Willow Fire scorches more than 1,500 acres near Bass Lake

MADERA COUNTY, Calif. (KFSN) -- Crews are working to prevent the Willow Fire from growing in Madera County. The fire is still at 5 percent containment and has burned more than 1,500 acres.




PHOTOS: Wildfire burns near Bass Lake

The Willow Fire's plume of thick smoke has billowed across the Sierra and down into the Valley. By Monday evening, firefighters were being briefed on the late night plans. Fewer crews will be on assignment overnight, digging containment lines.

"But really suppressing the fire so it hopefully won't grow outside of those lines that we have set right now," Willow Fire spokesman Sean Collins said.

Collins adds that it's too early to clearly predict the fire's behavior, but temperatures are expected to rise by late week.

The plan of attack of course depends on weather conditions and if fire crews can get back up in the air. Critical water drops began in the afternoon Monday. Weather conditions suppressed the smoke in the morning, giving the air crews a late start.

"At night we tend to get really busy on the ground. During the day we stand off a little bit, allow the air to come in, put water there and then follow up after them and pick it up. That's how our containment lines grow," Collins said.

Firefighters from all over the state are still arriving to the mountains in Madera County to help control this fire.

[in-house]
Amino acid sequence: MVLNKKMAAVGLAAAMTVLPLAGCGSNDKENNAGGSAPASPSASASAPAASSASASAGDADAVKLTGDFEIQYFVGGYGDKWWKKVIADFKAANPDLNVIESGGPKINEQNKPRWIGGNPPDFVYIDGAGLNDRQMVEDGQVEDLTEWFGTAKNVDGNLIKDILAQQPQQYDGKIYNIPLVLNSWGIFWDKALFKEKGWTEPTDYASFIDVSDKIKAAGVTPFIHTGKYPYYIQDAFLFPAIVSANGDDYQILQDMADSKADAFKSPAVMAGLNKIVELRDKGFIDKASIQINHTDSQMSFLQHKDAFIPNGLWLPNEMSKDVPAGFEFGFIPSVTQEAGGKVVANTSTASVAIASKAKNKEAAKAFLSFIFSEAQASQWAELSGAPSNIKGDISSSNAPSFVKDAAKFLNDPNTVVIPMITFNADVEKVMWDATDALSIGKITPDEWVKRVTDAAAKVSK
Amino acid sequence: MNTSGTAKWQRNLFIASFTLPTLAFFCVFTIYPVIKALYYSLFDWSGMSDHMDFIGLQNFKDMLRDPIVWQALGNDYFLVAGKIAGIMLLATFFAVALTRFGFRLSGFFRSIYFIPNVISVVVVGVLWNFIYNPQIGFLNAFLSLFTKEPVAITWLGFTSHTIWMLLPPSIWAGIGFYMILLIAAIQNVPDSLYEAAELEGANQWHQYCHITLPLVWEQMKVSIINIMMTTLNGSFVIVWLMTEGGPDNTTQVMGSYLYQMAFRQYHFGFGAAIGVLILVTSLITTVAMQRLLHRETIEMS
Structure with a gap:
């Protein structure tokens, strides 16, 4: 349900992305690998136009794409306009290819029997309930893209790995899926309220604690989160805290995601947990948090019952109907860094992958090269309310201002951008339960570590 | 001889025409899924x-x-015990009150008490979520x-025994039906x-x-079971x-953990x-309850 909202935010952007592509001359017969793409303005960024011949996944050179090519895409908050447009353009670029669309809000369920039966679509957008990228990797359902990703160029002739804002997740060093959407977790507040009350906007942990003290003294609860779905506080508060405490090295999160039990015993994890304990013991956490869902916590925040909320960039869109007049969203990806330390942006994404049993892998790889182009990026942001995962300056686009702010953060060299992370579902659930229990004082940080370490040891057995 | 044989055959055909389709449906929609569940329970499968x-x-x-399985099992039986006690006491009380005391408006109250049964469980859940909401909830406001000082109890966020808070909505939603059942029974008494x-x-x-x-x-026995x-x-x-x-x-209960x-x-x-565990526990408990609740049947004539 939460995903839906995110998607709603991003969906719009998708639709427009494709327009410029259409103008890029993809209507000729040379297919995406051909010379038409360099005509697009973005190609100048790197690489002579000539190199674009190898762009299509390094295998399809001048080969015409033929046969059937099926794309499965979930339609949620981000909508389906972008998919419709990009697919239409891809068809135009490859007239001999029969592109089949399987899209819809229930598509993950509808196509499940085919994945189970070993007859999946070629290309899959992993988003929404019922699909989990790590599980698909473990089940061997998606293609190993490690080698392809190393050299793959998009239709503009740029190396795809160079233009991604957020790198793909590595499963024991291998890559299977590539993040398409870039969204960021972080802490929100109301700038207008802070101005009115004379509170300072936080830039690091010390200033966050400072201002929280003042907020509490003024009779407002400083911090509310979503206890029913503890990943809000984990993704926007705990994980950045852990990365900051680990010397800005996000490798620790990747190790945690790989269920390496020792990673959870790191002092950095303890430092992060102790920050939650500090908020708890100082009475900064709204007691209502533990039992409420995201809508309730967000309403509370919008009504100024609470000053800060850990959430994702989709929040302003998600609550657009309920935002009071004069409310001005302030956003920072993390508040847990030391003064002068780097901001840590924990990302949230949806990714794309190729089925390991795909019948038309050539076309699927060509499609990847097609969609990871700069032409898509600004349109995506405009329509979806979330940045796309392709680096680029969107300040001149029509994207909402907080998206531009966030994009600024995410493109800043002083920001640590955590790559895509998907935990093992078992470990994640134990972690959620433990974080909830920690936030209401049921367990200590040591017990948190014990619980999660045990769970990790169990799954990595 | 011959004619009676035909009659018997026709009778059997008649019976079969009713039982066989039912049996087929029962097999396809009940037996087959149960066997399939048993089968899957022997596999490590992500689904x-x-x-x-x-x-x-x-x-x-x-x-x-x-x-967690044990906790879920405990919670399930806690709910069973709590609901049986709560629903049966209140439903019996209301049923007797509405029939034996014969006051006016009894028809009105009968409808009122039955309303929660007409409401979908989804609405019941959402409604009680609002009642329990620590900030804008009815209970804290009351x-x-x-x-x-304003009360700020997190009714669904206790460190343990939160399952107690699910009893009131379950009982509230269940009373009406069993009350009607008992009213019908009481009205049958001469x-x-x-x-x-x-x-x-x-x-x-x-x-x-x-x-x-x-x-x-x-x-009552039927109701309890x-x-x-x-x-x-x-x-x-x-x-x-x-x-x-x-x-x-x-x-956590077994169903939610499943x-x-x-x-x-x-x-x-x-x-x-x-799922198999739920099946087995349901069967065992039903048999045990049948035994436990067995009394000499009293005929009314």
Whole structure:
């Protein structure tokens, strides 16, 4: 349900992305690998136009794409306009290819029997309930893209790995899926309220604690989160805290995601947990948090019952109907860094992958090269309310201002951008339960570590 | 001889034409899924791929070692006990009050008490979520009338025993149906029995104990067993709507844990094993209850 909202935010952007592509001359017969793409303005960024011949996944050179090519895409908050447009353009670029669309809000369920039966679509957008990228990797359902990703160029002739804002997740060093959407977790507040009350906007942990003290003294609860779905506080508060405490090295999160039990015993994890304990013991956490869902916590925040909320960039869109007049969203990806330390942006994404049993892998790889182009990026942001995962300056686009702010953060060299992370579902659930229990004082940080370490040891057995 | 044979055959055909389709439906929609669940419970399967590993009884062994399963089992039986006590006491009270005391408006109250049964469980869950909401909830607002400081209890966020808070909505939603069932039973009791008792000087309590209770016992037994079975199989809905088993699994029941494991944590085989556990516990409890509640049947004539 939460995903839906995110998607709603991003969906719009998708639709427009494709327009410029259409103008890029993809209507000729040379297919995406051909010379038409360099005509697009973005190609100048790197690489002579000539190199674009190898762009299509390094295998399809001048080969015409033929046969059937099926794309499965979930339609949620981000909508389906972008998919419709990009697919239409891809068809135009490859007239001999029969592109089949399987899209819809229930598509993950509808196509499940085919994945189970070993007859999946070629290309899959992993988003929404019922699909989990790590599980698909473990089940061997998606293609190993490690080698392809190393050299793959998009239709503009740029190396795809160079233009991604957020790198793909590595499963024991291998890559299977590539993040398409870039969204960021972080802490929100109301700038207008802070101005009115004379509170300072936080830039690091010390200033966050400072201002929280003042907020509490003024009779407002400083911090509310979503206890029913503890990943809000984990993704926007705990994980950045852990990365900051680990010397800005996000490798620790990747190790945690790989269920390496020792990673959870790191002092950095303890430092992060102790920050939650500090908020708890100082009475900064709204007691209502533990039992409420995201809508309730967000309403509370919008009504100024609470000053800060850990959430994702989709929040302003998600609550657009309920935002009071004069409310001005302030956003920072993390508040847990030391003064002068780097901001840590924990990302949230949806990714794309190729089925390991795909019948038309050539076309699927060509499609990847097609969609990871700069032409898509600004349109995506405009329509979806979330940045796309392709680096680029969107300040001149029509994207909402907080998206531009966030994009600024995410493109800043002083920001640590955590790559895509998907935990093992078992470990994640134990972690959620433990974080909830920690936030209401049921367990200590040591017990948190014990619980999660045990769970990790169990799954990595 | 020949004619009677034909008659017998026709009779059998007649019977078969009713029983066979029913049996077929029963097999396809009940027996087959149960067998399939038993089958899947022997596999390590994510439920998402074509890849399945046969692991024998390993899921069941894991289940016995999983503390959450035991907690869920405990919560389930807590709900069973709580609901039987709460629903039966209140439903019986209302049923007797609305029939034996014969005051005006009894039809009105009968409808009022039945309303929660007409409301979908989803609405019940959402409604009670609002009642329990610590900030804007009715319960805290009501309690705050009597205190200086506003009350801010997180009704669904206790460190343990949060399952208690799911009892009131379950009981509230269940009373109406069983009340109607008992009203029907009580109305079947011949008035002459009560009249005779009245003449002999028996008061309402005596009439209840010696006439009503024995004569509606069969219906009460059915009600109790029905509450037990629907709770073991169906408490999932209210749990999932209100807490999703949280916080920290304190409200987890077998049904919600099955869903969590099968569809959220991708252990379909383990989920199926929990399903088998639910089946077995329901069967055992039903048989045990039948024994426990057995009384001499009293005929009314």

Video courtesy of John-Mark Brix

The views are certainly stunning, but firefighters caution everyone trying to record video or snap pictures to stay out of the way of first responders.

"Be careful going around corners. Keep your speeds lower than you would normally in the fire area," Collins said.

The Red Cross has set up to help people evacuated from their homes. Fortunately, the need right now isn't too great.

As high pressure builds in midweek, conditions are expected to change for this wildfire -- potentially helping it grow and pushing more smoke into the Valley.

Overnight, crews will use infrared cameras flying over the fire to narrow down the hottest and coolest parts of the burn area to see where to concentrate their efforts in the morning. This will also give a more accurate reading on the size of this wildfire.

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